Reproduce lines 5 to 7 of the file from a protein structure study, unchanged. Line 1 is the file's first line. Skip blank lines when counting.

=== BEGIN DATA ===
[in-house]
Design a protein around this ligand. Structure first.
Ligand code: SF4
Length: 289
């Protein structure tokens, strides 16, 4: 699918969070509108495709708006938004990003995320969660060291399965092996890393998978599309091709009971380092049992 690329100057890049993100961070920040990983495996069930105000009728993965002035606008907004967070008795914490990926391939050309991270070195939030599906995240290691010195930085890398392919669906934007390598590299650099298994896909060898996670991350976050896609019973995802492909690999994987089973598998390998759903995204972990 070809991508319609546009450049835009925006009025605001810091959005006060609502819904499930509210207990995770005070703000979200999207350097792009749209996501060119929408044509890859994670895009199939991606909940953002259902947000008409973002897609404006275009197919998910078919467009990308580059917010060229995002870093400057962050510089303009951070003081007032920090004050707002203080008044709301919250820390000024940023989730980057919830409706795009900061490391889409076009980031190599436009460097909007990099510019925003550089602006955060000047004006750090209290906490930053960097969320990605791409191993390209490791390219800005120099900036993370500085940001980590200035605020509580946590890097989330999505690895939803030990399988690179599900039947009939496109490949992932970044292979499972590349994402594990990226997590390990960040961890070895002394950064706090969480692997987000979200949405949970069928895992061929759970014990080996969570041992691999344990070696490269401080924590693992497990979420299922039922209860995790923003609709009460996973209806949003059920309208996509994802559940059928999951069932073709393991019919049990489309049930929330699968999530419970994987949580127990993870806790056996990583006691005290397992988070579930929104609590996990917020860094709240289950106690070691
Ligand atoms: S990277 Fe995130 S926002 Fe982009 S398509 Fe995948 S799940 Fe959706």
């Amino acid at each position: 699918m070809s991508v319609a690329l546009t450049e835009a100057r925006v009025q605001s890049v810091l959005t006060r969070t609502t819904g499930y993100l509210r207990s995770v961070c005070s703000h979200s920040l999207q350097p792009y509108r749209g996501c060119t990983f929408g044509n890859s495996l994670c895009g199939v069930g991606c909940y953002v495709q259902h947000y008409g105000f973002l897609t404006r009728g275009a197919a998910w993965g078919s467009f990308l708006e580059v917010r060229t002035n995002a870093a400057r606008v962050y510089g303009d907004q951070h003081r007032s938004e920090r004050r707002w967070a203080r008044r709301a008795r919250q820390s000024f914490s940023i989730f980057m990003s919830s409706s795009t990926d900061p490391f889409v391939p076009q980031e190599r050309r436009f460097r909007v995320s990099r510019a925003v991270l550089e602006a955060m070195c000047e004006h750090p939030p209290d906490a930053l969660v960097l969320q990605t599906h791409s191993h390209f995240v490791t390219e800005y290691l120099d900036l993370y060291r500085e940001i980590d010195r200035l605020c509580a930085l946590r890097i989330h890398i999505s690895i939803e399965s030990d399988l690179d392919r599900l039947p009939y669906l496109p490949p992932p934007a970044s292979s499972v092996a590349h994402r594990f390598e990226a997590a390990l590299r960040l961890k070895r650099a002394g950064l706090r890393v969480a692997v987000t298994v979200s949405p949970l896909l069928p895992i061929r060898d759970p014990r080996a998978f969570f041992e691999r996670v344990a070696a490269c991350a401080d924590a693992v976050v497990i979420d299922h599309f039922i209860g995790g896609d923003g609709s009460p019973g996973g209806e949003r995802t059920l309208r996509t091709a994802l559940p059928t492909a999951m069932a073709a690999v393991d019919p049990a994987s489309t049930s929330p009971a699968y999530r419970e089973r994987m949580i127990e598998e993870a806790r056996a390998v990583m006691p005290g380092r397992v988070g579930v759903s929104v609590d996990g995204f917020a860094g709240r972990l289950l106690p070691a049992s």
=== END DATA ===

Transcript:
């Protein structure tokens, strides 16, 4: 699918969070509108495709708006938004990003995320969660060291399965092996890393998978599309091709009971380092049992 690329100057890049993100961070920040990983495996069930105000009728993965002035606008907004967070008795914490990926391939050309991270070195939030599906995240290691010195930085890398392919669906934007390598590299650099298994896909060898996670991350976050896609019973995802492909690999994987089973598998390998759903995204972990 070809991508319609546009450049835009925006009025605001810091959005006060609502819904499930509210207990995770005070703000979200999207350097792009749209996501060119929408044509890859994670895009199939991606909940953002259902947000008409973002897609404006275009197919998910078919467009990308580059917010060229995002870093400057962050510089303009951070003081007032920090004050707002203080008044709301919250820390000024940023989730980057919830409706795009900061490391889409076009980031190599436009460097909007990099510019925003550089602006955060000047004006750090209290906490930053960097969320990605791409191993390209490791390219800005120099900036993370500085940001980590200035605020509580946590890097989330999505690895939803030990399988690179599900039947009939496109490949992932970044292979499972590349994402594990990226997590390990960040961890070895002394950064706090969480692997987000979200949405949970069928895992061929759970014990080996969570041992691999344990070696490269401080924590693992497990979420299922039922209860995790923003609709009460996973209806949003059920309208996509994802559940059928999951069932073709393991019919049990489309049930929330699968999530419970994987949580127990993870806790056996990583006691005290397992988070579930929104609590996990917020860094709240289950106690070691
Ligand atoms: S990277 Fe995130 S926002 Fe982009 S398509 Fe995948 S799940 Fe959706």
């Amino acid at each position: 699918m070809s991508v319609a690329l546009t450049e835009a100057r925006v009025q605001s890049v810091l959005t006060r969070t609502t819904g499930y993100l509210r207990s995770v961070c005070s703000h979200s920040l999207q350097p792009y509108r749209g996501c060119t990983f929408g044509n890859s495996l994670c895009g199939v069930g991606c909940y953002v495709q259902h947000y008409g105000f973002l897609t404006r009728g275009a197919a998910w993965g078919s467009f990308l708006e580059v917010r060229t002035n995002a870093a400057r606008v962050y510089g303009d907004q951070h003081r007032s938004e920090r004050r707002w967070a203080r008044r709301a008795r919250q820390s000024f914490s940023i989730f980057m990003s919830s409706s795009t990926d900061p490391f889409v391939p076009q980031e190599r050309r436009f460097r909007v995320s990099r510019a925003v991270l550089e602006a955060m070195c000047e004006h750090p939030p209290d906490a930053l969660v960097l969320q990605t599906h791409s191993h390209f995240v490791t390219e800005y290691l120099d900036l993370y060291r500085e940001i980590d010195r200035l605020c509580a930085l946590r890097i989330h890398i999505s690895i939803e399965s030990d399988l690179d392919r599900l039947p009939y669906l496109p490949p992932p934007a970044s292979s499972v092996a590349h994402r594990f390598e990226a997590a390990l590299r960040l961890k070895r650099a002394g950064l706090r890393v969480a692997v987000t298994v979200s949405p949970l896909l069928p895992i061929r060898d759970p014990r080996a998978f969570f041992e691999r996670v344990a070696a490269c991350a401080d924590a693992v976050v497990i979420d299922h599309f039922i209860g995790g896609d923003g609709s009460p019973g996973g209806e949003r995802t059920l309208r996509t091709a994802l559940p059928t492909a999951m069932a073709a690999v393991d019919p049990a994987s489309t049930s929330p009971a699968y999530r419970e089973r994987m949580i127990e598998e993870a806790r056996a390998v990583m006691p005290g380092r397992v988070g579930v759903s929104v609590d996990g995204f917020a860094g709240r972990l289950l106690p070691a049992s």